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Heinrich Wilhelm ERNST (1814-1865)
Othello Fantasy – Fantasie brillante for violin and piano after Rossini (1839) [14:33]
Six Polyphonic Studies for solo violin [29:07]
Élégie sur la mort d’un object chéri, for violin and piano Op.10 (1840) [7:53]
Erlkönig, Grand Caprice for solo violin, after Schubert Op.26 (1854) [4:12]
Ilya Gringolts (violin)
Ashley Wass (piano)
rec. Crear Studio, Argyll, November 2006
HYPERION CDA67619 [55:51]
Experience Classicsonline

The Moravian virtuoso and composer of fiendish complexity, Heinrich Wilhelm Ernst, not unsurprisingly has a small discography to his name. The Brno powerhouse, still often called by his Czech name in his native land, nevertheless still exerts a dangerous pull in practice rooms and studios if not necessarily on the concert platform. Only similarly pugilist superheroes of the fingerboard, such as Ruggiero Ricci, have put themselves forward to be judged in this repertoire – those who do so invariably sharpen their violinistic quills on the Othello Fantasy or, if they’re really brave, the appalling difficulties of his Erlkönig. Hardly anyone has ventured the complete Polyphonic Studies in disc – though Ricci has. Into this breach steps Ilya Gringolts and he is a brave man indeed.
The Othello Fantasy presents the violinist – here accompanied by Ashley Wass – with a phalanx of demands though it does also gratefully give him the chance to show off a spun legato as well. Ernst’s construction is artful and highly sympathetic and it’s for the player to ensure that the stitches don’t show – or rarely show. It’s the kind of piece on which a dazzler such as the composer’s own compatriot Váša Příhoda would have feasted, though he was never asked to record it. Gringolts exhibits remarkable technical address throughout. Solo he faces Erlkönig, a veritable orgy of toccata-like spectral brilliance. Gringolts rips into the harmonics and characterises with real verve, as well he must; this is a work often talked about in violin circles but seldom recorded. It is four minutes of unremitting labour, incredible technical demands and on top of all this the player must still ensure that there is a cohesive and coherent sense of characterisation of voice parts and narrative. This Gringolts manages to do.
As respite there is the charming Élégie sur la mort d’un object chéri. Naturally the discography slightly swells here, not least because the tortuous demands made elsewhere in Ernst’s music are not present. Carl Flesch even recorded it back in 1926. It’s a lyric and expressive with warm double stops toward the end to heighten the expression. It’s sweetly if perhaps aloofly sung by Gringolts – vibrato is well varied however and the playing is commendably clean.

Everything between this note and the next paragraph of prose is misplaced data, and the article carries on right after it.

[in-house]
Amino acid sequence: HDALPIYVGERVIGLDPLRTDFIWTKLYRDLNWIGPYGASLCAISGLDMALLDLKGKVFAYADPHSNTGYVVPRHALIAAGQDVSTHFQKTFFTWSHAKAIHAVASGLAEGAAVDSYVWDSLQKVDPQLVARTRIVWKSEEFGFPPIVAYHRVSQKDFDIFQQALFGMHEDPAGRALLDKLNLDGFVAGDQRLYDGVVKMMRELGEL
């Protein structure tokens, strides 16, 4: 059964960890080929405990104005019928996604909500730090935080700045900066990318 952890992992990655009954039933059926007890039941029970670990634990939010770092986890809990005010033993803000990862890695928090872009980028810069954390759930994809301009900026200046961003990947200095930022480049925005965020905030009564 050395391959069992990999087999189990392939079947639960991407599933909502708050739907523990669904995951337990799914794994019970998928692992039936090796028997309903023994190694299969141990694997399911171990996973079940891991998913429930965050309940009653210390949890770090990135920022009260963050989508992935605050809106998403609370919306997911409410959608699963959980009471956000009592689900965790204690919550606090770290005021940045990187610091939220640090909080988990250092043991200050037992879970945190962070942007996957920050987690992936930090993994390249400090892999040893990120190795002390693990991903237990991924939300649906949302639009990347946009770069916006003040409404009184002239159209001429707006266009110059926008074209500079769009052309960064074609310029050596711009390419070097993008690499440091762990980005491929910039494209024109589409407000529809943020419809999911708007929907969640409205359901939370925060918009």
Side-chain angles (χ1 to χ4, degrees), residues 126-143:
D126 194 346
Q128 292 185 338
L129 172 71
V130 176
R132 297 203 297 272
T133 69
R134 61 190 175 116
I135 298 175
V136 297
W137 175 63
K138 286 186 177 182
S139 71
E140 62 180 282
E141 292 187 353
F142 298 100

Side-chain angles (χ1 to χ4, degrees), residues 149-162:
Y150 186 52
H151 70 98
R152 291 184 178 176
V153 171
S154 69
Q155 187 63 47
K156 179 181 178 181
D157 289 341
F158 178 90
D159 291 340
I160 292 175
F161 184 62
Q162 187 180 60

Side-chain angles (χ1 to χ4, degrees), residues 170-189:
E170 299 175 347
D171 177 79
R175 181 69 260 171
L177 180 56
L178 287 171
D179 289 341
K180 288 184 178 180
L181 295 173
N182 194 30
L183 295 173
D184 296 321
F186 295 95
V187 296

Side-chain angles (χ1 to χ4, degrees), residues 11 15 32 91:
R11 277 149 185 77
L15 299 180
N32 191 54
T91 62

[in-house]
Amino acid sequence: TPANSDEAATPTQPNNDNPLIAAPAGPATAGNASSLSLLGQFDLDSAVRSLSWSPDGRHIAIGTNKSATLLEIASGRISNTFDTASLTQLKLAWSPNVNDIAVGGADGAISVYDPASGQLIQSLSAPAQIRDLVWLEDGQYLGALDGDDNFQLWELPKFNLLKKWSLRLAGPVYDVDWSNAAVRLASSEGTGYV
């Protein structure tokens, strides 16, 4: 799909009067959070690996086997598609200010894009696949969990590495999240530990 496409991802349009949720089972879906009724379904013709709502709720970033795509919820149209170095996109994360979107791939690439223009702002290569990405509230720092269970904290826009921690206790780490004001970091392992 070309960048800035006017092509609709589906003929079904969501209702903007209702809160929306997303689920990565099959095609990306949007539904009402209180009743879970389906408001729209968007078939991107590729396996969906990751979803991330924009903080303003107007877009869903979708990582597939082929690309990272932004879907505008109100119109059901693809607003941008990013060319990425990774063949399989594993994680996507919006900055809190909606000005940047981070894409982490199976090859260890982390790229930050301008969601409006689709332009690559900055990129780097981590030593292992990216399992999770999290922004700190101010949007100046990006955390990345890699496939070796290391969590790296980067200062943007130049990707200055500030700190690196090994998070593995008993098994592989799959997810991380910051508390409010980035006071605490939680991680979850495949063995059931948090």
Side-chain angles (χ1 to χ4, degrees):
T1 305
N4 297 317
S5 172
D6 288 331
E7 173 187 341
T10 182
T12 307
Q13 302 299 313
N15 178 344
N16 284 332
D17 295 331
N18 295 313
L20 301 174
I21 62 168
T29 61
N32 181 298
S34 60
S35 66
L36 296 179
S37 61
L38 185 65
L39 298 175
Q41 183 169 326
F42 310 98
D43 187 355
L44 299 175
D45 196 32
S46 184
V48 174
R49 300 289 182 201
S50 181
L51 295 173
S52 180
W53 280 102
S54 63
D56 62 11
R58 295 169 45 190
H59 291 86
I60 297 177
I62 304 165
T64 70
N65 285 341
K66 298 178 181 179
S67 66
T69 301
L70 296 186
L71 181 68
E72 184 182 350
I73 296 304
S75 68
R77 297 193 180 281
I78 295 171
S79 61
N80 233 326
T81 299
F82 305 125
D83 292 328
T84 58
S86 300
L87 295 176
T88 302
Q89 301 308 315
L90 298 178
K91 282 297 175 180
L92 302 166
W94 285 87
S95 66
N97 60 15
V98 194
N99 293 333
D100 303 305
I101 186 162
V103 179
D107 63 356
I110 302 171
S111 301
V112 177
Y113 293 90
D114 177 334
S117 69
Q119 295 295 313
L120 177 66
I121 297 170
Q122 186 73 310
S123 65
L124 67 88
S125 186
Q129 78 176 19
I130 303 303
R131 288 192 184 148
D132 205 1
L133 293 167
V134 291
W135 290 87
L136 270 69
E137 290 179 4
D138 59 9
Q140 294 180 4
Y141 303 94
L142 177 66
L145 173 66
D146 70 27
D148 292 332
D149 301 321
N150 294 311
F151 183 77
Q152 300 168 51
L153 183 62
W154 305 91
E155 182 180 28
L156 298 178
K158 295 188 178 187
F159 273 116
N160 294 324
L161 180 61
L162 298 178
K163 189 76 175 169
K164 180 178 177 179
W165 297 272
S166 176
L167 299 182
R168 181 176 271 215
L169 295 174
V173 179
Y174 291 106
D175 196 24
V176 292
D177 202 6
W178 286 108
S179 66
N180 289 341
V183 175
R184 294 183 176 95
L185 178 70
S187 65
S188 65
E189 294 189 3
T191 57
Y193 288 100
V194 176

The most extensive of all demands come via one of Ernst’s last works, his Six Polyphonic Studies. They were dedicated to the titans of the day – in order, Laub (Moravian, like Ernst), Sainton, the scandalous Frenchman, Joachim, Vieuxtemps, Hellmesberger (he of Sinfonia Concertante cadenza fame and much else), and finally, Bazzini of the Goblins, to whom Ernst dedicated the last and most famous, the horrendously difficult and famed Last Rose of Summer.
These solo etudes can bear some differences in interpretation as both Gringolts and Ricci demonstrate. The First is more extrovert and bolder in Ricci’s hands. Gringolts is stronger on the jig rhythm but slows too much for the second subject – his accents are indeed razory as well. The Second is too rushed for my own tastes; I prefer Ricci’s performance which accepts Ernst’s con grazia instruction and his performance accents more logically and perceptively. Gringolts sounds rather bothered by this etude and his tone is ungratefully wiry. The Terzetto Third is taken daringly slowly with a lot of ancillary sniffing whilst the Fourth sees some resolute quadruple stopping – Gringolts is much more immediately recorded than Ricci so his resinous vitality is almost corrosive in its impact.  The Fifth is an Air de Ballet. Once again I prefer Ricci here, who finds just the right tempo and sense of inflexion to heighten the robust waltz elements. Gringolts just misses the stateliness of the dance and in his haste he misses points of characterisation, turning it into more of a mere showpiece etude.  The final showstopper is The Last Rose of Summer where Gringolts is very much slower than the bristling Ricci. I don’t really like the way Gringolts plays the Rose theme itself – he does so in an exaggerated, rather weird sort of way as if being explicitly satiric. Ricci is less post-modern about it all – he plays with strength and warmth. Of the two performances of these devilish Etudes I do prefer Ricci, even though his intonation does stray and there are inevitable technical blemishes [Dynamic CDS 393/1-10 – a ten CD set called Ruggiero Ricci - A Life for the Violin].
Which doesn’t really lessen Gringolts’s achievement here in the balance of things. Calum Macdonald’s notes are highly readable and fuse biographical and technical matters in a helpful way. And the sound, though close, is not too stuffy – though it does sometimes emphasise a rough, razory tone. This is a white-knuckle ride of a disc, a witches’ brew of difficulty.
Jonathan Woolf


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